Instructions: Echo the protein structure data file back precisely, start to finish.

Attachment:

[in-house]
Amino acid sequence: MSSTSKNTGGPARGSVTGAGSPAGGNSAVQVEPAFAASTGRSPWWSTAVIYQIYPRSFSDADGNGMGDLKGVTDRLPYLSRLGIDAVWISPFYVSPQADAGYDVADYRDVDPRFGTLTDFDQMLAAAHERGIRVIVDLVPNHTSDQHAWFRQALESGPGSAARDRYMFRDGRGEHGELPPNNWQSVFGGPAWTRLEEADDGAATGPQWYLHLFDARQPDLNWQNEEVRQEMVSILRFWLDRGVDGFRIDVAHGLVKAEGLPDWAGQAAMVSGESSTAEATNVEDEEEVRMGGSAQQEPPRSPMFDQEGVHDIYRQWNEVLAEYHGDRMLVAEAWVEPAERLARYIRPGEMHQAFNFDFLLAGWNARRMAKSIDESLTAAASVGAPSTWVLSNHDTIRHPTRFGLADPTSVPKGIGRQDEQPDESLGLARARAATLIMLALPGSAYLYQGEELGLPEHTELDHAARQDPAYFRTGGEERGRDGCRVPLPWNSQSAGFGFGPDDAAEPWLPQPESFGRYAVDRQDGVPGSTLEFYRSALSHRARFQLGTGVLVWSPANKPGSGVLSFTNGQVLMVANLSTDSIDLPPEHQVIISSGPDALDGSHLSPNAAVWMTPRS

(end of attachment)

[in-house]
Amino acid sequence: MSSTSKNTGGPARGSVTGAGSPAGGNSAVQVEPAFAASTGRSPWWSTAVIYQIYPRSFSDADGNGMGDLKGVTDRLPYLSRLGIDAVWISPFYVSPQADAGYDVADYRDVDPRFGTLTDFDQMLAAAHERGIRVIVDLVPNHTSDQHAWFRQALESGPGSAARDRYMFRDGRGEHGELPPNNWQSVFGGPAWTRLEEADDGAATGPQWYLHLFDARQPDLNWQNEEVRQEMVSILRFWLDRGVDGFRIDVAHGLVKAEGLPDWAGQAAMVSGESSTAEATNVEDEEEVRMGGSAQQEPPRSPMFDQEGVHDIYRQWNEVLAEYHGDRMLVAEAWVEPAERLARYIRPGEMHQAFNFDFLLAGWNARRMAKSIDESLTAAASVGAPSTWVLSNHDTIRHPTRFGLADPTSVPKGIGRQDEQPDESLGLARARAATLIMLALPGSAYLYQGEELGLPEHTELDHAARQDPAYFRTGGEERGRDGCRVPLPWNSQSAGFGFGPDDAAEPWLPQPESFGRYAVDRQDGVPGSTLEFYRSALSHRARFQLGTGVLVWSPANKPGSGVLSFTNGQVLMVANLSTDSIDLPPEHQVIISSGPDALDGSHLSPNAAVWMTPRS